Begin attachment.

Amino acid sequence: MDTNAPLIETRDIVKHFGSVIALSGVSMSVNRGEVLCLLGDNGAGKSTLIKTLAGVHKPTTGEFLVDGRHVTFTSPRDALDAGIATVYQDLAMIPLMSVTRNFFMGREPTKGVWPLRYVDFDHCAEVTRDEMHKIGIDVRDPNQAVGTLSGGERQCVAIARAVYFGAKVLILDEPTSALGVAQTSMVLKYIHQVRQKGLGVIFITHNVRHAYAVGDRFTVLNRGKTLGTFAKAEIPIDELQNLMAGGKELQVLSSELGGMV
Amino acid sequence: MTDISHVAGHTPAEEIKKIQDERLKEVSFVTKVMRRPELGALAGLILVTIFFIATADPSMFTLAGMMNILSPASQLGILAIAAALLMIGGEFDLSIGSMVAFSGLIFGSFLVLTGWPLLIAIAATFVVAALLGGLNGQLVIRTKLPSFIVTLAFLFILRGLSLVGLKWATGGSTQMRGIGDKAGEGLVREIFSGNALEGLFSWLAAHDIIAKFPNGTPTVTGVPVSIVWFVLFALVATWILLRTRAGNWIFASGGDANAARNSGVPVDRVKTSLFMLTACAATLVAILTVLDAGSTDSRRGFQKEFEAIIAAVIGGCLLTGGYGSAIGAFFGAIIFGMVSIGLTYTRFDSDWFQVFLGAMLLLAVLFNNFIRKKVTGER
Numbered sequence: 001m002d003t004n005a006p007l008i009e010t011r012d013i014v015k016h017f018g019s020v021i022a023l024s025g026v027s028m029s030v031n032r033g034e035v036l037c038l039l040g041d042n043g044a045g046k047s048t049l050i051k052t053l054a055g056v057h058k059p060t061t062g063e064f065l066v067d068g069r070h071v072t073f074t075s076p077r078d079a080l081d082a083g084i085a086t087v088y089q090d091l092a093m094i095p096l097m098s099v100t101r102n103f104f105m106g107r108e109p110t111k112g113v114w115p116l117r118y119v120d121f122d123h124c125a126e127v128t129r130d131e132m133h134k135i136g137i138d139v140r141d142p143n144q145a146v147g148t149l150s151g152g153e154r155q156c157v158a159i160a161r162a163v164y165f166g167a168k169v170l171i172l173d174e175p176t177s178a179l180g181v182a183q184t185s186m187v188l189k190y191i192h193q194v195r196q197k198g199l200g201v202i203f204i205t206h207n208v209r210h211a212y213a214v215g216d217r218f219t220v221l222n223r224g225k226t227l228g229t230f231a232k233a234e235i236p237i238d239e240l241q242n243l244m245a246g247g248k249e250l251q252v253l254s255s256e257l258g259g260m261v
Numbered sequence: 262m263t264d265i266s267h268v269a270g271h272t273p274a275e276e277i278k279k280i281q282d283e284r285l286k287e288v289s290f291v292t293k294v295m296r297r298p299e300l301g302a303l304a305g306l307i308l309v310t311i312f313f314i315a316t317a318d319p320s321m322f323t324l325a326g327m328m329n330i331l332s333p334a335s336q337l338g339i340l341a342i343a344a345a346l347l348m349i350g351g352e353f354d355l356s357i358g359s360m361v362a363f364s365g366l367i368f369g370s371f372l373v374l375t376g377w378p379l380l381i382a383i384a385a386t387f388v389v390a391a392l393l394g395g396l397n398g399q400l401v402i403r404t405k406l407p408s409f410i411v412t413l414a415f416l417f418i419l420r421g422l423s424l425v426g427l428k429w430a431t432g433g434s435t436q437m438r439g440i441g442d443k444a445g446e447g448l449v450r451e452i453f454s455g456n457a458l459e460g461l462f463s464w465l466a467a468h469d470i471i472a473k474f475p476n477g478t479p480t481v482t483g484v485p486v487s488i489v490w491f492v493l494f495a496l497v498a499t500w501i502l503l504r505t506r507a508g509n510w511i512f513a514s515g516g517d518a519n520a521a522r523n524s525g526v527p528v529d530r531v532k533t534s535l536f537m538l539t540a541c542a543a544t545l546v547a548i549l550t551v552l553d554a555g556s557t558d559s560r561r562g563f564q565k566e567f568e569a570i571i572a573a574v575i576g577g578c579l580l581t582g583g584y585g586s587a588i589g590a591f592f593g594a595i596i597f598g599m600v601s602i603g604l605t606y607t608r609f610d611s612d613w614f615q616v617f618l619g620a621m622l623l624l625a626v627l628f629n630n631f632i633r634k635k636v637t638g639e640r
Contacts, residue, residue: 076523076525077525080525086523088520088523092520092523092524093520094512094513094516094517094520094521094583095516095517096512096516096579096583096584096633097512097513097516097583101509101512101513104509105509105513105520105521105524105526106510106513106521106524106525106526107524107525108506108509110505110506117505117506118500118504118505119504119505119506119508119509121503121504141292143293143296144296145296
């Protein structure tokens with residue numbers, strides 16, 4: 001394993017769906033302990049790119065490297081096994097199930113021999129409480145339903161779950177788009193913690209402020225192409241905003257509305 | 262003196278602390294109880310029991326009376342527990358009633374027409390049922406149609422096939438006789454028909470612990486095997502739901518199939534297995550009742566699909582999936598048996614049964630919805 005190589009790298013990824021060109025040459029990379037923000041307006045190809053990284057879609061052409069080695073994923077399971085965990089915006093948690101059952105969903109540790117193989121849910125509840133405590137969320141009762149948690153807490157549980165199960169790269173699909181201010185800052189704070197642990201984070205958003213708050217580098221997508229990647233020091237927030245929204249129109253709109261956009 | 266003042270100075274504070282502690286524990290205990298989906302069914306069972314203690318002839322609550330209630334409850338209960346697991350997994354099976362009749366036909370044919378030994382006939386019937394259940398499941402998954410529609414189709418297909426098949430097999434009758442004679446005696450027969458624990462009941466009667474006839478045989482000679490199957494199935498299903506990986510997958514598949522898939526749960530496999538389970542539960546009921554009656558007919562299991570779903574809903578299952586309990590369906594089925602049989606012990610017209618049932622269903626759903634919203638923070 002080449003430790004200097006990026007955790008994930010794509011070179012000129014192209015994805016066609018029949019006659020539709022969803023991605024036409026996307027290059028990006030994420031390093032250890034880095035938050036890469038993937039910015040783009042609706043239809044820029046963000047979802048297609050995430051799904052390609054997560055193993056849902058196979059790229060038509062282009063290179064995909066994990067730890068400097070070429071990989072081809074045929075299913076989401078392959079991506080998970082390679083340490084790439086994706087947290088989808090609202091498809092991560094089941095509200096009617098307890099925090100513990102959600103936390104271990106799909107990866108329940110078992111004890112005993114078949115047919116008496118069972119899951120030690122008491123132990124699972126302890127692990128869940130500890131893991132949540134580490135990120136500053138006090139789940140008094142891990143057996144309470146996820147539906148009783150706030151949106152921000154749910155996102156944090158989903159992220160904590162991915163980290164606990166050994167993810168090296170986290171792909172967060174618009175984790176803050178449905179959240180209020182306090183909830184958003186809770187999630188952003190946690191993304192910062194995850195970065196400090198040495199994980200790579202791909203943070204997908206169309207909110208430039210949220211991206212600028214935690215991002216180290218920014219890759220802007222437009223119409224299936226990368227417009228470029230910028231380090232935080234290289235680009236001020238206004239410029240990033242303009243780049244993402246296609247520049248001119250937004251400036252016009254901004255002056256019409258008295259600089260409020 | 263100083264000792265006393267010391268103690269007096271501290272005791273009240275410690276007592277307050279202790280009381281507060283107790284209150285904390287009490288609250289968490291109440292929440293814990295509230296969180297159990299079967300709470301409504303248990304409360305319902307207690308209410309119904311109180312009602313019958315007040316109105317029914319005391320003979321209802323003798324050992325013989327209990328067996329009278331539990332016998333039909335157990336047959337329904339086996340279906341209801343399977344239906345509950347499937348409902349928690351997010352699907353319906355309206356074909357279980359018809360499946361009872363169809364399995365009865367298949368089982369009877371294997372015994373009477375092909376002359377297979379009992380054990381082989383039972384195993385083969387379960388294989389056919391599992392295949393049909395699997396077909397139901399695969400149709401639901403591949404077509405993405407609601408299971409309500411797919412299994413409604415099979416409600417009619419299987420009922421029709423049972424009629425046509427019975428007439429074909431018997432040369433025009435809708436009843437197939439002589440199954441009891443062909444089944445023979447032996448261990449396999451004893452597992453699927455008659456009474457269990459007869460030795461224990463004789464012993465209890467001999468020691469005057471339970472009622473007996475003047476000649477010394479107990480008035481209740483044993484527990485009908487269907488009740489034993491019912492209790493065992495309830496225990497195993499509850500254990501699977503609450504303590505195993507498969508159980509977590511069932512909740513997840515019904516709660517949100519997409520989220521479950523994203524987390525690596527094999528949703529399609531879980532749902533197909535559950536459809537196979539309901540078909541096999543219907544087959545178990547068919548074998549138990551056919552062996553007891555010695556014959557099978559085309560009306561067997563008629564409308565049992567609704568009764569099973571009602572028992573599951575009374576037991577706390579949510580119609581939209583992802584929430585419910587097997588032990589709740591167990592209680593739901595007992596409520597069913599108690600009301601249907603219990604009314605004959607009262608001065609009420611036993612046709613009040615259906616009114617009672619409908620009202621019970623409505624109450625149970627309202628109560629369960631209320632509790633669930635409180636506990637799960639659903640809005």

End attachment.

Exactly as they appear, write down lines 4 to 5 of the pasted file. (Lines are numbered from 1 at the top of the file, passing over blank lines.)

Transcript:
Numbered sequence: 262m263t264d265i266s267h268v269a270g271h272t273p274a275e276e277i278k279k280i281q282d283e284r285l286k287e288v289s290f291v292t293k294v295m296r297r298p299e300l301g302a303l304a305g306l307i308l309v310t311i312f313f314i315a316t317a318d319p320s321m322f323t324l325a326g327m328m329n330i331l332s333p334a335s336q337l338g339i340l341a342i343a344a345a346l347l348m349i350g351g352e353f354d355l356s357i358g359s360m361v362a363f364s365g366l367i368f369g370s371f372l373v374l375t376g377w378p379l380l381i382a383i384a385a386t387f388v389v390a391a392l393l394g395g396l397n398g399q400l401v402i403r404t405k406l407p408s409f410i411v412t413l414a415f416l417f418i419l420r421g422l423s424l425v426g427l428k429w430a431t432g433g434s435t436q437m438r439g440i441g442d443k444a445g446e447g448l449v450r451e452i453f454s455g456n457a458l459e460g461l462f463s464w465l466a467a468h469d470i471i472a473k474f475p476n477g478t479p480t481v482t483g484v485p486v487s488i489v490w491f492v493l494f495a496l497v498a499t500w501i502l503l504r505t506r507a508g509n510w511i512f513a514s515g516g517d518a519n520a521a522r523n524s525g526v527p528v529d530r531v532k533t534s535l536f537m538l539t540a541c542a543a544t545l546v547a548i549l550t551v552l553d554a555g556s557t558d559s560r561r562g563f564q565k566e567f568e569a570i571i572a573a574v575i576g577g578c579l580l581t582g583g584y585g586s587a588i589g590a591f592f593g594a595i596i597f598g599m600v601s602i603g604l605t606y607t608r609f610d611s612d613w614f615q616v617f618l619g620a621m622l623l624l625a626v627l628f629n630n631f632i633r634k635k636v637t638g639e640r
Contacts, residue, residue: 076523076525077525080525086523088520088523092520092523092524093520094512094513094516094517094520094521094583095516095517096512096516096579096583096584096633097512097513097516097583101509101512101513104509105509105513105520105521105524105526106510106513106521106524106525106526107524107525108506108509110505110506117505117506118500118504118505119504119505119506119508119509121503121504141292143293143296144296145296